It's fallen at a faster rate than at any other time since World War II - and yet a CBS/NYT poll found 54 percent of Americans disapproving of the way President Obama is handling the deficit. Which of course is a pretty good indication that the respondents haven't the first clue about the deficit or any aspect of the federal budget. The knowledge gap, while hardly a new phenomenon, has been exacerbated by right-wing knuckleheads who deliberately turn the conversation into an anti-Obama rant. From Slate's David Weigel:
My theory? As has been true for generations, Americans don't actually know what the deficit is, conflate it with "debt," conflate it with the economy being rotten. Those who laughed off the deficit hawks in 2011 for this reason look wiser and wiser ... you know, apart from the fact that we ended up with the sequestration kludge and none of the long-term entitlement reforms that the parties might have agreed on.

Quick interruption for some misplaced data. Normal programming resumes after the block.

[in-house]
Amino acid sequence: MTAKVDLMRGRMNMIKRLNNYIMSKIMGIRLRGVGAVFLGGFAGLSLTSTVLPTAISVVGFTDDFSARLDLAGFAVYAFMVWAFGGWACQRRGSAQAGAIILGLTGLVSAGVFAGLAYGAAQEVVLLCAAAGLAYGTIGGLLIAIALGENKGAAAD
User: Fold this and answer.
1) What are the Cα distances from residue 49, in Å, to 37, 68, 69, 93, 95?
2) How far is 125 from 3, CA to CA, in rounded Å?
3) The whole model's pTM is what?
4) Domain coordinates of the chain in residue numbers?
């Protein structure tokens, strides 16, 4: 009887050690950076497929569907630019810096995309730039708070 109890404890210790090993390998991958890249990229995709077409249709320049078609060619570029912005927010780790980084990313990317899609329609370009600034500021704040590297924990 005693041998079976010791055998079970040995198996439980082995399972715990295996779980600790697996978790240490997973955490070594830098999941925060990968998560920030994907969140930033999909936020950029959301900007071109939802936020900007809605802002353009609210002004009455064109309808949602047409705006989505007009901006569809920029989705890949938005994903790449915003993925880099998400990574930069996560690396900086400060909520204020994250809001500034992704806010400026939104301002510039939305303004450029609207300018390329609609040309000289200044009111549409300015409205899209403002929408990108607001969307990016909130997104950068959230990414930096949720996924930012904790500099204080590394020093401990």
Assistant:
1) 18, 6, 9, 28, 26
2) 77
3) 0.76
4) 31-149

The Washington Post's Ezra Klein explains why the deficit has fallen so much so fast:
Part of it is the economy improving. Part of it is new taxes passed into law by the Obama administration. Part of it is slower-than-expected health costs, and lower-than-expected interest rates. But the deficit has fallen dramatically. In fact, it's fallen at a faster rate than at any other time since World War II. And the Congressional Budget Office sees it stabilizing in the (totally manageable) two-to-three percent range through the next decade.